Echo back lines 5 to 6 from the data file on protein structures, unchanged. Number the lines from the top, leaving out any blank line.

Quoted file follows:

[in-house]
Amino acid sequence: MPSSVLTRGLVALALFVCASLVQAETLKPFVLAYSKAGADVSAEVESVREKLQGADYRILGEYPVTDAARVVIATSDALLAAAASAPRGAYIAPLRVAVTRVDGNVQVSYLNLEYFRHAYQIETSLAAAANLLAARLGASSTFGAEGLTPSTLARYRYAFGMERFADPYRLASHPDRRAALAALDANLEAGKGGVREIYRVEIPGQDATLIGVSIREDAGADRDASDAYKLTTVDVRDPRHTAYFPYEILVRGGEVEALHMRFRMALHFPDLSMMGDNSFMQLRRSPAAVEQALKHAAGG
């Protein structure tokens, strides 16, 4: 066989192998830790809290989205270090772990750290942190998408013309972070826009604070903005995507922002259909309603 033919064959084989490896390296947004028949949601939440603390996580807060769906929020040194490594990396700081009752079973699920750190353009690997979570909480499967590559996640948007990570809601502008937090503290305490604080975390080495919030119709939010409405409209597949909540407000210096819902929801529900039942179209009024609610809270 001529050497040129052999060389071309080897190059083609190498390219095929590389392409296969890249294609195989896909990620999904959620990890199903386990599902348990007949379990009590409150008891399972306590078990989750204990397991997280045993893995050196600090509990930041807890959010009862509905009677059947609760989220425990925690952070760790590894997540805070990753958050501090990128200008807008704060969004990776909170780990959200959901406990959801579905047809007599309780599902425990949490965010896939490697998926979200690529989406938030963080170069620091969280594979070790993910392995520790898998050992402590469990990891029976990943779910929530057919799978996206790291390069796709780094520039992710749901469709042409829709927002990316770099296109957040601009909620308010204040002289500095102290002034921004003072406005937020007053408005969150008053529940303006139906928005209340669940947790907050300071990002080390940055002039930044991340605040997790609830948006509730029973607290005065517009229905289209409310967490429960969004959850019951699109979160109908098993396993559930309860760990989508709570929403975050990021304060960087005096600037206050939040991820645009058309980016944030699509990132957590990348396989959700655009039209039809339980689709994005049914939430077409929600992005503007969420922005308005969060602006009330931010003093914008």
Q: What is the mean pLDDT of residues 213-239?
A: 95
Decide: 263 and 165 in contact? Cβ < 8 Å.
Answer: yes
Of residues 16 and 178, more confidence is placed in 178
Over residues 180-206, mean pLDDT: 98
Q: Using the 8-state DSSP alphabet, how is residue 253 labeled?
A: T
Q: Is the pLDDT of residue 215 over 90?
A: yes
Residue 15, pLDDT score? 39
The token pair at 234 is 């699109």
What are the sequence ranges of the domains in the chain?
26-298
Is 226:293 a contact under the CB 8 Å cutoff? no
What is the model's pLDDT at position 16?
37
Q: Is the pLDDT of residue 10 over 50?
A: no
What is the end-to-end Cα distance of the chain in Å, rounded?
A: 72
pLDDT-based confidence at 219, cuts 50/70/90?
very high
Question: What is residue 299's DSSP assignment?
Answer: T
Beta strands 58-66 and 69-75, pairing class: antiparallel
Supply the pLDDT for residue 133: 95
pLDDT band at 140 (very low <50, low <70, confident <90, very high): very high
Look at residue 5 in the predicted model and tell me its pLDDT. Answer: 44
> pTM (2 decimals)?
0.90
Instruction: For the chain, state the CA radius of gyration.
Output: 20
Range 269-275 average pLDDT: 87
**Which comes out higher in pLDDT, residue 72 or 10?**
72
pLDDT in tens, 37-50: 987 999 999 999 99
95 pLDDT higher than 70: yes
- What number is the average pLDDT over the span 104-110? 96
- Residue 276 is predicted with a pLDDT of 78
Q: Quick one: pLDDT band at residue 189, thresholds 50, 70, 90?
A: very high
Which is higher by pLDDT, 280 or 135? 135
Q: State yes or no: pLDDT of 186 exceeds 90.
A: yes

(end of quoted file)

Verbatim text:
A: 95
Decide: 263 and 165 in contact? Cβ < 8 Å.